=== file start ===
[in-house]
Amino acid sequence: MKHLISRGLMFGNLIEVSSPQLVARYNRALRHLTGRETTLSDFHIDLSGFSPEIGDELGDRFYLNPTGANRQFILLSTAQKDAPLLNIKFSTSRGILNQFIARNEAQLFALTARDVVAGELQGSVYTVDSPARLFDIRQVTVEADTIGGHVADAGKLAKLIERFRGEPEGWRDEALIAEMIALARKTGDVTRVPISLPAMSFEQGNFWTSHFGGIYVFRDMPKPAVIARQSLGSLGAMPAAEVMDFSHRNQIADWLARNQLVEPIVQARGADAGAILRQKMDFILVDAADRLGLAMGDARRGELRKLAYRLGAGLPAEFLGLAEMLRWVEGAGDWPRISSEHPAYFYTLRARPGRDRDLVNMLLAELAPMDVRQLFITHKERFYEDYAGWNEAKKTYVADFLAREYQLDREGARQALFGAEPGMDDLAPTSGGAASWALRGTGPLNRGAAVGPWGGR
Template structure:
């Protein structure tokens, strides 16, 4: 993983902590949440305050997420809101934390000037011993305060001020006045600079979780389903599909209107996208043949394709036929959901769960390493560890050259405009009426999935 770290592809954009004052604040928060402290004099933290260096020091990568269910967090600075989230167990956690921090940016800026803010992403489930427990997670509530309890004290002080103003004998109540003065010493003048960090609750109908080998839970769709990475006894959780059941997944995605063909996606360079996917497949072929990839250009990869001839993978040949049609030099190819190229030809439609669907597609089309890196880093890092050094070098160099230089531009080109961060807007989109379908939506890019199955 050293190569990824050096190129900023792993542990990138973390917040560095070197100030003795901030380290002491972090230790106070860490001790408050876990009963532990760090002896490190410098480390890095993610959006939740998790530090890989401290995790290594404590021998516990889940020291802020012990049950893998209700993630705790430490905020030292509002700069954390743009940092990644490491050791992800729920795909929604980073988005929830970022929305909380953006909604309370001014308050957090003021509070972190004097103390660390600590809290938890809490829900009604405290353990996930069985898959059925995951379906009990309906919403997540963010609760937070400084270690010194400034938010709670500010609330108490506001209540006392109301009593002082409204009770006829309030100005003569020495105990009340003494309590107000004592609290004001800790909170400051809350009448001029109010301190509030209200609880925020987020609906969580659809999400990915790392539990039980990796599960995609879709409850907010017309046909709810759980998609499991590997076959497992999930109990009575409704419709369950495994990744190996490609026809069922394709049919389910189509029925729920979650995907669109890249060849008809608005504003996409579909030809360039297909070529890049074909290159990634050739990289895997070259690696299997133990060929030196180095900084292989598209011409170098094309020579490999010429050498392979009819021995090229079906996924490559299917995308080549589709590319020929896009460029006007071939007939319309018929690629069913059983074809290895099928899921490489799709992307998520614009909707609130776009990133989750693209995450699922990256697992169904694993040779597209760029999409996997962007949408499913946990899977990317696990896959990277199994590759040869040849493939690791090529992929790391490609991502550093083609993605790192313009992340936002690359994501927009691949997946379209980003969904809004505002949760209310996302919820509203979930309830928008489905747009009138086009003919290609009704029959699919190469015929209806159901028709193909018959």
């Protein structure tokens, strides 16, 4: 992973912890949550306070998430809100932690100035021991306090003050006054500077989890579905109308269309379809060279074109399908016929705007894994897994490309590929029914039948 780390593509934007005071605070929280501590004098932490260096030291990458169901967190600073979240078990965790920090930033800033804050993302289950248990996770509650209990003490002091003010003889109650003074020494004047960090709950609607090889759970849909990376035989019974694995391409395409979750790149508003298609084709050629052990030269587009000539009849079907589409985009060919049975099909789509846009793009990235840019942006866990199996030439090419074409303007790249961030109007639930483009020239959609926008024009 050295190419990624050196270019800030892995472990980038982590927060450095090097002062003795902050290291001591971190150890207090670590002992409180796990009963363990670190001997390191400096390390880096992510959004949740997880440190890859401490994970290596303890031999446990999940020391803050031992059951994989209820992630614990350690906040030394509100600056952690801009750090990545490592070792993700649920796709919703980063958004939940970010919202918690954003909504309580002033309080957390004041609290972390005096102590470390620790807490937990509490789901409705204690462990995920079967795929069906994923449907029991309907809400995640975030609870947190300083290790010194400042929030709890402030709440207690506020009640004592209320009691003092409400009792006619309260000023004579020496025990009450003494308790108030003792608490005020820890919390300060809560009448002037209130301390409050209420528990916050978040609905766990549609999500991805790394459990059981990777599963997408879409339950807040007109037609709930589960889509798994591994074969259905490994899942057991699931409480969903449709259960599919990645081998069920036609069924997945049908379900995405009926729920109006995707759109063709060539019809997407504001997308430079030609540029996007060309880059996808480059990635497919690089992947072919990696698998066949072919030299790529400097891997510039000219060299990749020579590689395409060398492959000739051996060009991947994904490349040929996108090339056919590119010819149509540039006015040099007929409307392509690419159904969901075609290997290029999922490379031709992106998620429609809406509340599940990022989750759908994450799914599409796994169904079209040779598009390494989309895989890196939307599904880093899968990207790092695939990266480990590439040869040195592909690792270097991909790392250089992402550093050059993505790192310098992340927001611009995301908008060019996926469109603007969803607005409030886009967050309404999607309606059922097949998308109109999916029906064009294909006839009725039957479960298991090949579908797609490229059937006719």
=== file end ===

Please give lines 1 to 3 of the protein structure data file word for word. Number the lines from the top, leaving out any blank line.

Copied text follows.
[in-house]
Amino acid sequence: MKHLISRGLMFGNLIEVSSPQLVARYNRALRHLTGRETTLSDFHIDLSGFSPEIGDELGDRFYLNPTGANRQFILLSTAQKDAPLLNIKFSTSRGILNQFIARNEAQLFALTARDVVAGELQGSVYTVDSPARLFDIRQVTVEADTIGGHVADAGKLAKLIERFRGEPEGWRDEALIAEMIALARKTGDVTRVPISLPAMSFEQGNFWTSHFGGIYVFRDMPKPAVIARQSLGSLGAMPAAEVMDFSHRNQIADWLARNQLVEPIVQARGADAGAILRQKMDFILVDAADRLGLAMGDARRGELRKLAYRLGAGLPAEFLGLAEMLRWVEGAGDWPRISSEHPAYFYTLRARPGRDRDLVNMLLAELAPMDVRQLFITHKERFYEDYAGWNEAKKTYVADFLAREYQLDREGARQALFGAEPGMDDLAPTSGGAASWALRGTGPLNRGAAVGPWGGR
Template structure: